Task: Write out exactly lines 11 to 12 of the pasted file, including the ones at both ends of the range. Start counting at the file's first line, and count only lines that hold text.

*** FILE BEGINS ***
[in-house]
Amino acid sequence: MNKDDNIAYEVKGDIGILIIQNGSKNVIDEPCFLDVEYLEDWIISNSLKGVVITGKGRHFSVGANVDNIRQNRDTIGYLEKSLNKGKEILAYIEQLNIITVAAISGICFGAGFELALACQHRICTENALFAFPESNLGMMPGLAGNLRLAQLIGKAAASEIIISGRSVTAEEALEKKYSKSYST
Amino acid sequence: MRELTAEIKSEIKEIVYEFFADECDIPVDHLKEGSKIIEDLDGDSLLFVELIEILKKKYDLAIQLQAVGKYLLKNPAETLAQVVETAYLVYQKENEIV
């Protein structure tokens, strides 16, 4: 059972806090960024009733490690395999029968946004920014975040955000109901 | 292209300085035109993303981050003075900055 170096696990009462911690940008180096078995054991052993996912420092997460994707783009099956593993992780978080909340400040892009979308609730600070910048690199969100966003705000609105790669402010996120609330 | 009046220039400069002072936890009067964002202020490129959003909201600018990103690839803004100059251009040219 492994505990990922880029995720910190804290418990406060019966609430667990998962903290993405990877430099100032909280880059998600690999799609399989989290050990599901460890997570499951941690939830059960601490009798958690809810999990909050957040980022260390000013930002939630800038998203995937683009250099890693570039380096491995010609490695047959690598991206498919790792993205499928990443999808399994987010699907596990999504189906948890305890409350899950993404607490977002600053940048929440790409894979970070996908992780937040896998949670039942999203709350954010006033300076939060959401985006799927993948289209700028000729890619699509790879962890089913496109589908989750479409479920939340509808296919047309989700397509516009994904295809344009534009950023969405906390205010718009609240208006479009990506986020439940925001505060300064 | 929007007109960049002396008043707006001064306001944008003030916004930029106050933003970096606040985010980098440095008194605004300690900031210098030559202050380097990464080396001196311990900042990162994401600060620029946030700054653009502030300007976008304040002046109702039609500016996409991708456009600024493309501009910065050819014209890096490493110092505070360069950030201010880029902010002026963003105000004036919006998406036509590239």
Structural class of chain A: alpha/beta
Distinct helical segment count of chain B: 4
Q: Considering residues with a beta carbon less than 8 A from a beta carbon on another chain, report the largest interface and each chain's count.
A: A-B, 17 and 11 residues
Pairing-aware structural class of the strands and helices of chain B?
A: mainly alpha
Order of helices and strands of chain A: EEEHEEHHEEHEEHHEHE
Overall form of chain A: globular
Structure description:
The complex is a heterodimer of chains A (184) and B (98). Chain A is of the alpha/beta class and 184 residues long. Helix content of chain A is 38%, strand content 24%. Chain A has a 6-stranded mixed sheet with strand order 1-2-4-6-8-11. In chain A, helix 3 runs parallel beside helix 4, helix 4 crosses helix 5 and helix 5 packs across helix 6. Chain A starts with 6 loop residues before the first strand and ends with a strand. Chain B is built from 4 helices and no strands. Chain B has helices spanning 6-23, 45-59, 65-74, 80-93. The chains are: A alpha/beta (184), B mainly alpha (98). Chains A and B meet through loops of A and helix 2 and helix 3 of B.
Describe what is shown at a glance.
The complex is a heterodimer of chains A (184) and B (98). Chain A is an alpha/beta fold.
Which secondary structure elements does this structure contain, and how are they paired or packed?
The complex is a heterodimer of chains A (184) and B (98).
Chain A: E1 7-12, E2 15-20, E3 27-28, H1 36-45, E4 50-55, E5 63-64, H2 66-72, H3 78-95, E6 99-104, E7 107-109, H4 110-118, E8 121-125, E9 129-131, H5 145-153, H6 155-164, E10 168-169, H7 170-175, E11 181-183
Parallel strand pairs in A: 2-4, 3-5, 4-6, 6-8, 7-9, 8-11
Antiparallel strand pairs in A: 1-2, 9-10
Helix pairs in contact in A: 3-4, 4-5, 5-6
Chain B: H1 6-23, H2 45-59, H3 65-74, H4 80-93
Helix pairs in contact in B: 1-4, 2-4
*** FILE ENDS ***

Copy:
Order of helices and strands of chain A: EEEHEEHHEEHEEHHEHE
Overall form of chain A: globular